Universal Ethics > Thought of the Month > November 2019

Environment Rescue

This is a "challenge question" posted in November, 2019:

What can you do personally to reduce your use of non-renewable resources, as your part of curing the problems of pollution and global warming?

Answers that were submitted by readers are down below.

More about this month's topic

An ethical choice is one that helps rather than harming other people, and this also applies to the people of the future. There is much concern around the world that we are burning fossil fuels at a high rate, which will affect the wellbeing of future generations in a couple of ways:

  1. It is increasing the carbon dioxide content of the atmosphere, resulting in a gradual rise in temperatures around the world. If this trend continues, polar ice caps will melt, destroying the habitat for arctic life as well as affecting coral reefs and other habitat. Ocean water levels will rise, affecting people on seashore areas. In agriculture there will be some "losers" (farmers in near-arid areas that become arid) and some "winners" (farmers in cold areas that gain a longer growing season). This will displace many people in poor nations who cannot afford to move.
  2. Non-renewable resources will be depleted. Most of the easy-to-extract sources of fossil fuels have already been depleted in many nations, but ingenuity about improving extraction methods and locating other sources (tar sands, undersea oil) has extended the supply. If we continue using it unabaited, however, it will eventually run out. Perhaps the people of the future will use electric cars and have renewable sources of electricity, so their need for fossil fuels will not be so great. But likely fossil fuels will still be needed for some things (lubricants, jet fuel...), so it is not being kind to future generations when we squander it.

Because these effects progress slowly, nations have traditionally procrastinated doing much about it. Technologies for renewable, sustainable energy have existed since long ago. Consider, for example, that the solar cell was invented in the 1800s and first produced commercially in 1955.

Adoption of this and other sustainable energy sources has occurred gradually, but they still make up only a small fraction of the worldwide power supply.

Progress has been too slow. Projections of only a few decades out show significant undesirable consequences. If we procrastinate to next year, and next year we procrastinate to the year after that, and of course next year again (because any given year is negligible overall), what will be the result? Logically, the solution to procrastination is to do something about it now.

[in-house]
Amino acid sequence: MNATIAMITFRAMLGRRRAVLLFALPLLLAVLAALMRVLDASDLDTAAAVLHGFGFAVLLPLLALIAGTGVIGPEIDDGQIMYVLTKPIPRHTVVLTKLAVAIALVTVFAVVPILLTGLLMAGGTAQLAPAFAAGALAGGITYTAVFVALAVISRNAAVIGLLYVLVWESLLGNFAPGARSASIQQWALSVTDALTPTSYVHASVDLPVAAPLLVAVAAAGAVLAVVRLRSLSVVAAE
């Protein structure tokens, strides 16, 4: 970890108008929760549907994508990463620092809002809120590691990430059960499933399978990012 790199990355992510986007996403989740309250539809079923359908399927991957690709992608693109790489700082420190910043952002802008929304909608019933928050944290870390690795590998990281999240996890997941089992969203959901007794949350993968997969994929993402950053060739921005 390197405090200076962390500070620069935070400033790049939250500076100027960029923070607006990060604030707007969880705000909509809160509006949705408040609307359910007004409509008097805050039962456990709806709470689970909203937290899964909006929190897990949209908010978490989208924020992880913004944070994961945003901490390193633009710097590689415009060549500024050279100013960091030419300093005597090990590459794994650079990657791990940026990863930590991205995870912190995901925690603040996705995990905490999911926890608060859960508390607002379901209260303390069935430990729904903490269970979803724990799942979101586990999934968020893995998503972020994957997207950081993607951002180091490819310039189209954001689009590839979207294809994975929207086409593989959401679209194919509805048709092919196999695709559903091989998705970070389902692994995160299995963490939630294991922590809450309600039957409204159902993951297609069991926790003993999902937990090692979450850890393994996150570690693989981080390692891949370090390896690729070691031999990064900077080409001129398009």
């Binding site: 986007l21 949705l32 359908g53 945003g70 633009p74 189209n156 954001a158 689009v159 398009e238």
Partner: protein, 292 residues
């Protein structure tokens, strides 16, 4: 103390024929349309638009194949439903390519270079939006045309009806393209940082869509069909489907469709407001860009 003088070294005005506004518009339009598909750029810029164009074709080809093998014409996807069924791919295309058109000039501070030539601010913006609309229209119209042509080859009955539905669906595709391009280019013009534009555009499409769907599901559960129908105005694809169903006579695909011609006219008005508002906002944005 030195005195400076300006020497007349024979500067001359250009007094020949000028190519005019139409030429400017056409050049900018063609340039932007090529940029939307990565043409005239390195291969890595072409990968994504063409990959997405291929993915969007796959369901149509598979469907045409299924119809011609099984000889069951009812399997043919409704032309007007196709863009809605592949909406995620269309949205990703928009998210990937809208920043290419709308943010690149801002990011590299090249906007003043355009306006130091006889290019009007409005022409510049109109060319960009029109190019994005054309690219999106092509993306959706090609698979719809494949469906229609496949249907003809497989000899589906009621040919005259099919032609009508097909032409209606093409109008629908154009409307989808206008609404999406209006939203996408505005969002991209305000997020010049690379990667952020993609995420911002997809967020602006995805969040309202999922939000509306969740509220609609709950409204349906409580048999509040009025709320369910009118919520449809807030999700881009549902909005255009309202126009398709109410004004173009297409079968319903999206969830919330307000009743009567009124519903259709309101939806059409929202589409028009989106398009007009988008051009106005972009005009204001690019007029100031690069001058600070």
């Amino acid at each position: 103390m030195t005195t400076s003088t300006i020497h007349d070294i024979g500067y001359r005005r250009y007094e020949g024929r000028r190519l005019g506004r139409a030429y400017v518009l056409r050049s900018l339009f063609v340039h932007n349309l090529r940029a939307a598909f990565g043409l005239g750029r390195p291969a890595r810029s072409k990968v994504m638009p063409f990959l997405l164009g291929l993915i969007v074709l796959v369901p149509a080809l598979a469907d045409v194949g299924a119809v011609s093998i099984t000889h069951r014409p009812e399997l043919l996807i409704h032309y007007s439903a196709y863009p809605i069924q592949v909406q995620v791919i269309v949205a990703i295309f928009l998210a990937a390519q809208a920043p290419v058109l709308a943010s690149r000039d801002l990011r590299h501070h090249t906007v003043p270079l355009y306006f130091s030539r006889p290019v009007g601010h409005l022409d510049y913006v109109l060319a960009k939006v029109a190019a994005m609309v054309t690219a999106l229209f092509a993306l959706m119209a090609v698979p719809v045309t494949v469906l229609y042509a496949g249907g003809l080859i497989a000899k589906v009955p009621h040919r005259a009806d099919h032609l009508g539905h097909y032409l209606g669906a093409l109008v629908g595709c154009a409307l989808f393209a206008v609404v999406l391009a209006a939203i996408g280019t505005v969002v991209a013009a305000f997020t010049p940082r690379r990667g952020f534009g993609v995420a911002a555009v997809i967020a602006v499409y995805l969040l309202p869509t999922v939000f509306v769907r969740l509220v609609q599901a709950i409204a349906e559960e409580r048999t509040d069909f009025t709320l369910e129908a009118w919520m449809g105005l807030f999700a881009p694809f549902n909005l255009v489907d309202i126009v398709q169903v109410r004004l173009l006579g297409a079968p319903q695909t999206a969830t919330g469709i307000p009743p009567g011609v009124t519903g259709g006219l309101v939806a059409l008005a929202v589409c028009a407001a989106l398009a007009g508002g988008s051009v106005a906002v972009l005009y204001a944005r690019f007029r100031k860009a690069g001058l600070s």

It's easy to blame the big corporations, but it is people who buy the products, and our own homes and cars that use much of the fossil fuels. So, we are looking for ideas from individuals about actions you can take, that you know about, or you have taken, that are practical steps that can be done immediately.


Ideas submitted by readers:


Posted: 2 Nov 2019

I replaced most of the incandescent lights in my home with LED lights. Incandescent lights give off both heat and light, which is a waste of energy when I want only light. In winter, adding heat into my house doesn't matter, but in summer or for outdoor lights, LED lighting is definately better!


Posted: 5 Nov 2019

Don't leave your car idling when stopping to pick someone up at a school or workplace! There is a temptation to do that in cold weather, to keep the car warm, but it wastes fuel and adds unnecessarily to global warming. Your car will stay warm enough if you turn it off for a few minutes while you wait.


Posted: 7 Nov 2019

Solar panels are a great idea for reducing environmental impact. Now, of course, it takes energy in many forms, to produce the panels, from mining for the minerals, to manufacture of the plastics that make up the panels. How do we know that the energy produced by the panels will exceed that taken to produce them? One way to think of this is that the price of the inputs tells us. If you can install solar panels and save money, then it must be that solar panels are energy plus in that they cost less than alternate forms of energy generation. Since that is the case, solar panels are a good thing.

Another issue is how much C02 is being produced? Do solar panels lower the entire C02 budget of the atmosphere compared to other forms of generating that energy. If C02 is taxed with carbon tax, then calculation reduces again to what is economically better. Since the bulk of energy production is still fossil fuel, even without C02 tax, simply economics suggests that solar panels help reduce carbon emissions. All this suggests that the process can bootstrap. At some point, renewal energy will dominate, and carbon emissions could potentially go to zero for the production of solar panels.



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